Haemolytic Uraemic Syndrome

Haemolytic uraemic syndrome (HUS) occurs when there is thrombosis within small blood vessels throughout the body. This is usually triggered by a bacterial toxin called shiga toxin. It leads to the classic triad of:

  • Haemolytic anaemia: anaemia caused by red blood cells being destroyed
  • Acute kidney injury: failure of the kidneys to excrete waste products such as urea
  • Thrombocytopenia: low platelet count

The most common cause is a toxin produced by the e. coli 0157 bacteria, called the shiga toxin. Shigella also produces this toxin. The use of antibiotics and anti-motility medications such as loperamide to treat gastroenteritis caused by these pathogens increases the risk of developing HUS.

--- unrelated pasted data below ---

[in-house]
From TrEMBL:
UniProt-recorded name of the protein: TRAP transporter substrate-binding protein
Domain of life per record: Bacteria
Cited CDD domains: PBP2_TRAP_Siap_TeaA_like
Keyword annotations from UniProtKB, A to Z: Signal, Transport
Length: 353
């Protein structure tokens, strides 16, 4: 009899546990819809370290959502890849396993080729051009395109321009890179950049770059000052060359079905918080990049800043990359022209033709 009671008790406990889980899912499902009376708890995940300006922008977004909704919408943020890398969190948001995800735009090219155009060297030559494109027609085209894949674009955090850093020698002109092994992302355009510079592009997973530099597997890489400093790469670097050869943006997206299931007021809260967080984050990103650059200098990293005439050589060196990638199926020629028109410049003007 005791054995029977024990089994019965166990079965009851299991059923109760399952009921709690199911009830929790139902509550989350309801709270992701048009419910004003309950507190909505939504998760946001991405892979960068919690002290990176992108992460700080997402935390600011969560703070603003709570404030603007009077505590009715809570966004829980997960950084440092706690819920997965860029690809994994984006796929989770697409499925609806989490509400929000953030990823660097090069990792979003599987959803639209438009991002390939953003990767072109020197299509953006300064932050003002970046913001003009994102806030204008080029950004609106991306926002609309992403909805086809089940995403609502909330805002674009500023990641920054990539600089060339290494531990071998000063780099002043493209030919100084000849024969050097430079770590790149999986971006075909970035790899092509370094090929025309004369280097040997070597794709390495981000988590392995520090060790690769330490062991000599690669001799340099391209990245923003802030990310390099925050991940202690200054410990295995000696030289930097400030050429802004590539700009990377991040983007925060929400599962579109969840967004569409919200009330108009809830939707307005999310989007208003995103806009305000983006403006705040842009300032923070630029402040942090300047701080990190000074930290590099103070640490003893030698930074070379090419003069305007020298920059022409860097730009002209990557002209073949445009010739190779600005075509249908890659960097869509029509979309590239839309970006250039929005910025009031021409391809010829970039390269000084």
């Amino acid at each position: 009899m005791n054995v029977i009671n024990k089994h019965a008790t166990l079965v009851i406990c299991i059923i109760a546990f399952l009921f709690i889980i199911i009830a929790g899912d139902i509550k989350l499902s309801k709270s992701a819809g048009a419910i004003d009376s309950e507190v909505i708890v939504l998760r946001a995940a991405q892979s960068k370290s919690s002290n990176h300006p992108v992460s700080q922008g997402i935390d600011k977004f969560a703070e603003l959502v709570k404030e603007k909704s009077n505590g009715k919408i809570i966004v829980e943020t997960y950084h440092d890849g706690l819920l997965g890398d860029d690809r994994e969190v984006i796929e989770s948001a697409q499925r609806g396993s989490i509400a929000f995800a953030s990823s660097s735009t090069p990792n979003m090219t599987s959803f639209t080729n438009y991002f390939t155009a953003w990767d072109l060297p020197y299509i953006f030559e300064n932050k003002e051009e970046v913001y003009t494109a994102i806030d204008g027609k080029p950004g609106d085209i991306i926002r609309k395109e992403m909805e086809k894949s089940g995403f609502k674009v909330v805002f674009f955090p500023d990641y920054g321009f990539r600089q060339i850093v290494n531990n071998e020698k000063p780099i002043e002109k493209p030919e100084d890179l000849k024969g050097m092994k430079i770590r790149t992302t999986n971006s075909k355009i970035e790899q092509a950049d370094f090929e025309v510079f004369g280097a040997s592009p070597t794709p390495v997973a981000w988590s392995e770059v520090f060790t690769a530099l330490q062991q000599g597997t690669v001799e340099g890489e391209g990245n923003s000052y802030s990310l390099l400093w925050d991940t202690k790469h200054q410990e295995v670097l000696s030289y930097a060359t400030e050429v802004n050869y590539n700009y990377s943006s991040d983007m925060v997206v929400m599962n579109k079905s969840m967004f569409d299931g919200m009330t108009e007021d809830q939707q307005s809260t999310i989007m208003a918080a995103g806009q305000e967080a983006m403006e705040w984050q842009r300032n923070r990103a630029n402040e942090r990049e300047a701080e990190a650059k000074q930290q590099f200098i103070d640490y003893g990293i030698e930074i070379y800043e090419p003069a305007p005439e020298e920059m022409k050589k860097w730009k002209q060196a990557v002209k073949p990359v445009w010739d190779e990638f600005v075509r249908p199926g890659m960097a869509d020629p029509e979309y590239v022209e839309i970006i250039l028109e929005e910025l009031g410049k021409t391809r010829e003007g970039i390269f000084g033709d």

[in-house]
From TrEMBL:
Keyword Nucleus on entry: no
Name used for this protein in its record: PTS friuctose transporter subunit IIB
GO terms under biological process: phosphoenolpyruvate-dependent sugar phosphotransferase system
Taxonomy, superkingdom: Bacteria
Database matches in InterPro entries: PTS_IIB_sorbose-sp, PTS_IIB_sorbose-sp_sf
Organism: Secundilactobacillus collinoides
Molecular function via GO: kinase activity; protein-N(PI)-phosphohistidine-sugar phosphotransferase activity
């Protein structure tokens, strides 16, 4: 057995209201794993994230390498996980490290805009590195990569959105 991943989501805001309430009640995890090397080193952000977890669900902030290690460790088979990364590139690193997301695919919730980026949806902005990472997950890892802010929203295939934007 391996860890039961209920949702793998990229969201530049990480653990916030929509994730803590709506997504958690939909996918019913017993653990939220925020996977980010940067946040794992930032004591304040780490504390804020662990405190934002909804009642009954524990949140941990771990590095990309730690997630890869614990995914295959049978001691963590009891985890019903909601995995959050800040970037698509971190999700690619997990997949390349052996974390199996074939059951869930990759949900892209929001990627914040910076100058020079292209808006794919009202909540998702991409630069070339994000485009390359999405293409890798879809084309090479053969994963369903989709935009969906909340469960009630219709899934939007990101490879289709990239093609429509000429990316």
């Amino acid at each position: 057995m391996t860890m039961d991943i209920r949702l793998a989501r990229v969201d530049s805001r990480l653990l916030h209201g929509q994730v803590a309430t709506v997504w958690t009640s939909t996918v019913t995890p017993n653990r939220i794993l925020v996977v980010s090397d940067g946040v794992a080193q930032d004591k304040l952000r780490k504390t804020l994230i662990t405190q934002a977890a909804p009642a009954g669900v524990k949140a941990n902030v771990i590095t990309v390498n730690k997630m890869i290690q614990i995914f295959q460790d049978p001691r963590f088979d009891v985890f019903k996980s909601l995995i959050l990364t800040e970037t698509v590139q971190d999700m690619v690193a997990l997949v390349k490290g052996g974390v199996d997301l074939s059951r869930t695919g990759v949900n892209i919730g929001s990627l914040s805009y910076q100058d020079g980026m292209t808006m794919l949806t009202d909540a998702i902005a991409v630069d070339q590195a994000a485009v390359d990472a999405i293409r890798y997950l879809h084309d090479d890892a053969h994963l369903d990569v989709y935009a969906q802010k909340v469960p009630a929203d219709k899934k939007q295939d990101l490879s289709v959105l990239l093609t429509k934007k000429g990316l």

E. coli 0157 causes a brief gastroenteritis, often with bloody diarrhoea. The symptoms of haemolytic uraemic syndrome typically start around 5 days after the onset of the diarrhoea.

Signs and symptoms of HUS may include:

  • Reduced urine output
  • Haematuria or dark brown urine
  • Abdominal pain
  • Lethargy and irritability
  • Confusion
  • Oedema
  • Hypertension
  • Bruising



HUS is a medical emergency and has a 10% mortality. It needs to be managed by experienced paediatricians under the guidance of a renal specialist. The condition is self limiting and supportive management is the mainstay of treatment:

  • Urgent referral to the paediatric renal unit for renal dialysis if required
  • Antihypertensives if required
  • Careful maintenance of fluid balance
  • Blood transfusions if required

70 to 80% of patients make a full recovery.


Last updated August 2019